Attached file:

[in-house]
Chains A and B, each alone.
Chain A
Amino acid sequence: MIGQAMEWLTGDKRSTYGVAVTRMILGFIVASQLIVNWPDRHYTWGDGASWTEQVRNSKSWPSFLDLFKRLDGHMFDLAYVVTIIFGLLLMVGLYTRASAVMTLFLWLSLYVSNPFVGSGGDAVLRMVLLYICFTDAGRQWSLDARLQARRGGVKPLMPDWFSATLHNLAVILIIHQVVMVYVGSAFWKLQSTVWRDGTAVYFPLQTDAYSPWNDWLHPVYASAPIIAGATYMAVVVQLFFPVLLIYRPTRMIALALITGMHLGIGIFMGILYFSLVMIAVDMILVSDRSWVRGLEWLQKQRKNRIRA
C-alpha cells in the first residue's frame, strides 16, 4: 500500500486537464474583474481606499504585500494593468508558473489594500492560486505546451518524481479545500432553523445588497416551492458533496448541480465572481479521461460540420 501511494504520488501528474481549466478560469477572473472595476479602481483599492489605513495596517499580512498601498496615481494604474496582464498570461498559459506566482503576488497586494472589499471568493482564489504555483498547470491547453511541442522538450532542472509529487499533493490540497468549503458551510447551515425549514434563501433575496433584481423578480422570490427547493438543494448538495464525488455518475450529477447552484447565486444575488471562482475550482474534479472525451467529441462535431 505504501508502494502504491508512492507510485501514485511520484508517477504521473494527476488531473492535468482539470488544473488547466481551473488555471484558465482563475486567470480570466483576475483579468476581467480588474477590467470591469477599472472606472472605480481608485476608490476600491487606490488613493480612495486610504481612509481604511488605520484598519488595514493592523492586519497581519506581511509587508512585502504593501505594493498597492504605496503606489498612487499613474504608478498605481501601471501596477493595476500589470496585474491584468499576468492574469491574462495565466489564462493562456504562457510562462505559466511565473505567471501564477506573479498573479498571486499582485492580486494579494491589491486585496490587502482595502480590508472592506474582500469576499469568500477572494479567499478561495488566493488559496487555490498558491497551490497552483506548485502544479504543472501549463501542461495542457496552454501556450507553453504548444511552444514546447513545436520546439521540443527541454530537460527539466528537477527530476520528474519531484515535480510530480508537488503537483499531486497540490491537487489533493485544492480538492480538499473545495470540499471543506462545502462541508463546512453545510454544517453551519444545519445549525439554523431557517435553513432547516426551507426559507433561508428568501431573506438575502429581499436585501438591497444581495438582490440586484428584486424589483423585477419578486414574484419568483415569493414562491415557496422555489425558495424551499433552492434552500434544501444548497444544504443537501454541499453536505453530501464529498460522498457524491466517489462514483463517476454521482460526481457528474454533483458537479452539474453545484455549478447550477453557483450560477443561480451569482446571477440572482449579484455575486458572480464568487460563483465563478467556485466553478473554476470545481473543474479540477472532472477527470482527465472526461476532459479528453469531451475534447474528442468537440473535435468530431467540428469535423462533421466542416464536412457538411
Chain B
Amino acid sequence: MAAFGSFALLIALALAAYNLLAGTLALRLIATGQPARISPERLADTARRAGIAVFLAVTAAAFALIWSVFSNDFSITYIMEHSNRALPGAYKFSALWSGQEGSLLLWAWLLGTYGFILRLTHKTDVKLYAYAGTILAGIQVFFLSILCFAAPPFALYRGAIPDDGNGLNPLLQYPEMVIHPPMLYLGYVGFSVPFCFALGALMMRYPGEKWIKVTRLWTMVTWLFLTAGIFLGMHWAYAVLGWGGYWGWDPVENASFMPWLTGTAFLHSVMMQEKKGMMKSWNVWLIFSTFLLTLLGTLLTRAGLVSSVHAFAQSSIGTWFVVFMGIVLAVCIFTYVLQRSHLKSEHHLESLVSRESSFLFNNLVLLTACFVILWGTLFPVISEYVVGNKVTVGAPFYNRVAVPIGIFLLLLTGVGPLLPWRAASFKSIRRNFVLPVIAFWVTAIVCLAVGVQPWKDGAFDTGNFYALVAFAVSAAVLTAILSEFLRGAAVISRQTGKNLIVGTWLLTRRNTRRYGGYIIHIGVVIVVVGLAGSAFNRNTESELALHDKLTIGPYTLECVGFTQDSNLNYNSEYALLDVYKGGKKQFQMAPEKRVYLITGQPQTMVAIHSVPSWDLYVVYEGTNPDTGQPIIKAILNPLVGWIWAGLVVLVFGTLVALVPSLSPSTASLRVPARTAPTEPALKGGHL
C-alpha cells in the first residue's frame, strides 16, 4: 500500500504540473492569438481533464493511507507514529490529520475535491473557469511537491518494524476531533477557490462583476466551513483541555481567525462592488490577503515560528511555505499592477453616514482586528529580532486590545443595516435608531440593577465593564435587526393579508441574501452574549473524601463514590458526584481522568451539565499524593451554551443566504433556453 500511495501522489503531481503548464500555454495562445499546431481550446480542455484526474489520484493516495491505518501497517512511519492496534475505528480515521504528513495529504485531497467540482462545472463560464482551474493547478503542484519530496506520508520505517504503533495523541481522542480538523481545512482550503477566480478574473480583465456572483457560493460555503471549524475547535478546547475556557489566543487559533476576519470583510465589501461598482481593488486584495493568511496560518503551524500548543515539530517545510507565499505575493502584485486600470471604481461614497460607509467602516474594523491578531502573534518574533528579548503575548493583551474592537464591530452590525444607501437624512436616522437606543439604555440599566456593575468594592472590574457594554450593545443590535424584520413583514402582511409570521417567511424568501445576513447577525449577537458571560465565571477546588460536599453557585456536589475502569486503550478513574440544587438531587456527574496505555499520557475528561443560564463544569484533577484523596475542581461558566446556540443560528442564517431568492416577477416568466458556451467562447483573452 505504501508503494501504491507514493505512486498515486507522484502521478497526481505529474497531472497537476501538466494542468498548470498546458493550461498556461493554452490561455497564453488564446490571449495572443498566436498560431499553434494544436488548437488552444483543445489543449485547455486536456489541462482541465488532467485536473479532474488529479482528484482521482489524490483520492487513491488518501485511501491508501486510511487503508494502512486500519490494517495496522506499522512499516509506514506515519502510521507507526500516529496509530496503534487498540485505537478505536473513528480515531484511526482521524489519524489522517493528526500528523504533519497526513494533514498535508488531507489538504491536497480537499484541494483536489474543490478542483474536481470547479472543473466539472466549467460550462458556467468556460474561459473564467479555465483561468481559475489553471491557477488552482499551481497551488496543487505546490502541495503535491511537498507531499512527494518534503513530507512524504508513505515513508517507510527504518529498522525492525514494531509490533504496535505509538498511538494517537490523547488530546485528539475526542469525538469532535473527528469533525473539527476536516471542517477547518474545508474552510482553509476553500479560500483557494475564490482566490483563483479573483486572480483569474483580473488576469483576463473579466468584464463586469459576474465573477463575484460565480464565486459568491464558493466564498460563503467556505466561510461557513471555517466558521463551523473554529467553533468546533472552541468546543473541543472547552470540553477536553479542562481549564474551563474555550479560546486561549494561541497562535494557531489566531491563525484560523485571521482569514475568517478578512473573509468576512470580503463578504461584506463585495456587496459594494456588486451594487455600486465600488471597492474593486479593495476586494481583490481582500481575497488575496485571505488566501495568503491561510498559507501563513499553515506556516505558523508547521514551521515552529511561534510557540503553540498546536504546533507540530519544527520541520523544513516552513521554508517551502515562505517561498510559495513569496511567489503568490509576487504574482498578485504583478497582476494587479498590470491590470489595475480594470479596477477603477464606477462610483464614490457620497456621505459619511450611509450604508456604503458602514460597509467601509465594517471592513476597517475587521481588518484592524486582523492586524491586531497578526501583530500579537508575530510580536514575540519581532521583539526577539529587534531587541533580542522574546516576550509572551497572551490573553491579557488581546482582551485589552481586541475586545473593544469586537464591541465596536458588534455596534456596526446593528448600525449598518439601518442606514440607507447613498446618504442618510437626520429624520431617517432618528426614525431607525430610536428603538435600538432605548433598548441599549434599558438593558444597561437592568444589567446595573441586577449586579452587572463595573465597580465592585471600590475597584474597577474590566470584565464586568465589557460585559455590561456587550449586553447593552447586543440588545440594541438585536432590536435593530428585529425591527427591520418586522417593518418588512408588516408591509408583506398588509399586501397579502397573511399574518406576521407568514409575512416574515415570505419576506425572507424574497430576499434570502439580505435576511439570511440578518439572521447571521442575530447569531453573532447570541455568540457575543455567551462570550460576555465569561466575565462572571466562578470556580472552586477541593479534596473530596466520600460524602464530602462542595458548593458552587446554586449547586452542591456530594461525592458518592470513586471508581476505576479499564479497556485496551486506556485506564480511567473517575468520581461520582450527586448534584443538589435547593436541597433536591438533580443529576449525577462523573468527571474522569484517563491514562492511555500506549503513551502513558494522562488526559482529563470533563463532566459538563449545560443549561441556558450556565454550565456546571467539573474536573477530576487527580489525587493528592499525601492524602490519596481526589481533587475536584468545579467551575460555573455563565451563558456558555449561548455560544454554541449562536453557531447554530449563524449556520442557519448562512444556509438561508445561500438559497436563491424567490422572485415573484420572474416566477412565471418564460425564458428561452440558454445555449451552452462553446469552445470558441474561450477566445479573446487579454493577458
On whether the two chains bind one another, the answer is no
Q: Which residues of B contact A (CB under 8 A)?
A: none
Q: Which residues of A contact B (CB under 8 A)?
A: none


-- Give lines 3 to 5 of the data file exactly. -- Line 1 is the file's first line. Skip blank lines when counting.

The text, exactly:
Chain A
Amino acid sequence: MIGQAMEWLTGDKRSTYGVAVTRMILGFIVASQLIVNWPDRHYTWGDGASWTEQVRNSKSWPSFLDLFKRLDGHMFDLAYVVTIIFGLLLMVGLYTRASAVMTLFLWLSLYVSNPFVGSGGDAVLRMVLLYICFTDAGRQWSLDARLQARRGGVKPLMPDWFSATLHNLAVILIIHQVVMVYVGSAFWKLQSTVWRDGTAVYFPLQTDAYSPWNDWLHPVYASAPIIAGATYMAVVVQLFFPVLLIYRPTRMIALALITGMHLGIGIFMGILYFSLVMIAVDMILVSDRSWVRGLEWLQKQRKNRIRA
C-alpha cells in the first residue's frame, strides 16, 4: 500500500486537464474583474481606499504585500494593468508558473489594500492560486505546451518524481479545500432553523445588497416551492458533496448541480465572481479521461460540420 501511494504520488501528474481549466478560469477572473472595476479602481483599492489605513495596517499580512498601498496615481494604474496582464498570461498559459506566482503576488497586494472589499471568493482564489504555483498547470491547453511541442522538450532542472509529487499533493490540497468549503458551510447551515425549514434563501433575496433584481423578480422570490427547493438543494448538495464525488455518475450529477447552484447565486444575488471562482475550482474534479472525451467529441462535431 505504501508502494502504491508512492507510485501514485511520484508517477504521473494527476488531473492535468482539470488544473488547466481551473488555471484558465482563475486567470480570466483576475483579468476581467480588474477590467470591469477599472472606472472605480481608485476608490476600491487606490488613493480612495486610504481612509481604511488605520484598519488595514493592523492586519497581519506581511509587508512585502504593501505594493498597492504605496503606489498612487499613474504608478498605481501601471501596477493595476500589470496585474491584468499576468492574469491574462495565466489564462493562456504562457510562462505559466511565473505567471501564477506573479498573479498571486499582485492580486494579494491589491486585496490587502482595502480590508472592506474582500469576499469568500477572494479567499478561495488566493488559496487555490498558491497551490497552483506548485502544479504543472501549463501542461495542457496552454501556450507553453504548444511552444514546447513545436520546439521540443527541454530537460527539466528537477527530476520528474519531484515535480510530480508537488503537483499531486497540490491537487489533493485544492480538492480538499473545495470540499471543506462545502462541508463546512453545510454544517453551519444545519445549525439554523431557517435553513432547516426551507426559507433561508428568501431573506438575502429581499436585501438591497444581495438582490440586484428584486424589483423585477419578486414574484419568483415569493414562491415557496422555489425558495424551499433552492434552500434544501444548497444544504443537501454541499453536505453530501464529498460522498457524491466517489462514483463517476454521482460526481457528474454533483458537479452539474453545484455549478447550477453557483450560477443561480451569482446571477440572482449579484455575486458572480464568487460563483465563478467556485466553478473554476470545481473543474479540477472532472477527470482527465472526461476532459479528453469531451475534447474528442468537440473535435468530431467540428469535423462533421466542416464536412457538411